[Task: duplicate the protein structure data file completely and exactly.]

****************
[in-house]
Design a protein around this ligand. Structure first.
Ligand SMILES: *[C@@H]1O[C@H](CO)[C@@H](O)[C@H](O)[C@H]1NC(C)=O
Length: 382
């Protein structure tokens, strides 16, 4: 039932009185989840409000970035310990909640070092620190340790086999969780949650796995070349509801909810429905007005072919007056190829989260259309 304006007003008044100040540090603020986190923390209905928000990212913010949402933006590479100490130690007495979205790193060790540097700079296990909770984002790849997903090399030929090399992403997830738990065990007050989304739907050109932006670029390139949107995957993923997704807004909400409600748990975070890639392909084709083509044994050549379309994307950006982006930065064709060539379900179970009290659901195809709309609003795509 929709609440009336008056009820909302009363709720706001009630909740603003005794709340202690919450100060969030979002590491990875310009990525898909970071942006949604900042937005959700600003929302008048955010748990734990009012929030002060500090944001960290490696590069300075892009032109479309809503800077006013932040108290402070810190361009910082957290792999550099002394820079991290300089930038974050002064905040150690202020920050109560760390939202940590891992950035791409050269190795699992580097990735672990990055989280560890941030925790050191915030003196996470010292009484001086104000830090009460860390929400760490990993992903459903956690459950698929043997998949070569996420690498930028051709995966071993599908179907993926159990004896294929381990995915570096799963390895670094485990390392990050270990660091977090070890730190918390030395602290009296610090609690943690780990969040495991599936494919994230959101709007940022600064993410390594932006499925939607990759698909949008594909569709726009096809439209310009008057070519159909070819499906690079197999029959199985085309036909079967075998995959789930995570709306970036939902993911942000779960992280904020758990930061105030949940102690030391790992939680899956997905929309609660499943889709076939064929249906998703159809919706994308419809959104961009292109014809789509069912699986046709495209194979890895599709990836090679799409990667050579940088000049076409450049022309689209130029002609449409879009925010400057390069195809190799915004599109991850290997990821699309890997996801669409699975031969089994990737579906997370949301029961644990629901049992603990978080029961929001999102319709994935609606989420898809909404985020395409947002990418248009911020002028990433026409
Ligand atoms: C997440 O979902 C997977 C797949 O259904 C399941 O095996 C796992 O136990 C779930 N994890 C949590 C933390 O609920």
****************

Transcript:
[in-house]
Design a protein around this ligand. Structure first.
Ligand SMILES: *[C@@H]1O[C@H](CO)[C@@H](O)[C@H](O)[C@H]1NC(C)=O
Length: 382
């Protein structure tokens, strides 16, 4: 039932009185989840409000970035310990909640070092620190340790086999969780949650796995070349509801909810429905007005072919007056190829989260259309 304006007003008044100040540090603020986190923390209905928000990212913010949402933006590479100490130690007495979205790193060790540097700079296990909770984002790849997903090399030929090399992403997830738990065990007050989304739907050109932006670029390139949107995957993923997704807004909400409600748990975070890639392909084709083509044994050549379309994307950006982006930065064709060539379900179970009290659901195809709309609003795509 929709609440009336008056009820909302009363709720706001009630909740603003005794709340202690919450100060969030979002590491990875310009990525898909970071942006949604900042937005959700600003929302008048955010748990734990009012929030002060500090944001960290490696590069300075892009032109479309809503800077006013932040108290402070810190361009910082957290792999550099002394820079991290300089930038974050002064905040150690202020920050109560760390939202940590891992950035791409050269190795699992580097990735672990990055989280560890941030925790050191915030003196996470010292009484001086104000830090009460860390929400760490990993992903459903956690459950698929043997998949070569996420690498930028051709995966071993599908179907993926159990004896294929381990995915570096799963390895670094485990390392990050270990660091977090070890730190918390030395602290009296610090609690943690780990969040495991599936494919994230959101709007940022600064993410390594932006499925939607990759698909949008594909569709726009096809439209310009008057070519159909070819499906690079197999029959199985085309036909079967075998995959789930995570709306970036939902993911942000779960992280904020758990930061105030949940102690030391790992939680899956997905929309609660499943889709076939064929249906998703159809919706994308419809959104961009292109014809789509069912699986046709495209194979890895599709990836090679799409990667050579940088000049076409450049022309689209130029002609449409879009925010400057390069195809190799915004599109991850290997990821699309890997996801669409699975031969089994990737579906997370949301029961644990629901049992603990978080029961929001999102319709994935609606989420898809909404985020395409947002990418248009911020002028990433026409
Ligand atoms: C997440 O979902 C997977 C797949 O259904 C399941 O095996 C796992 O136990 C779930 N994890 C949590 C933390 O609920």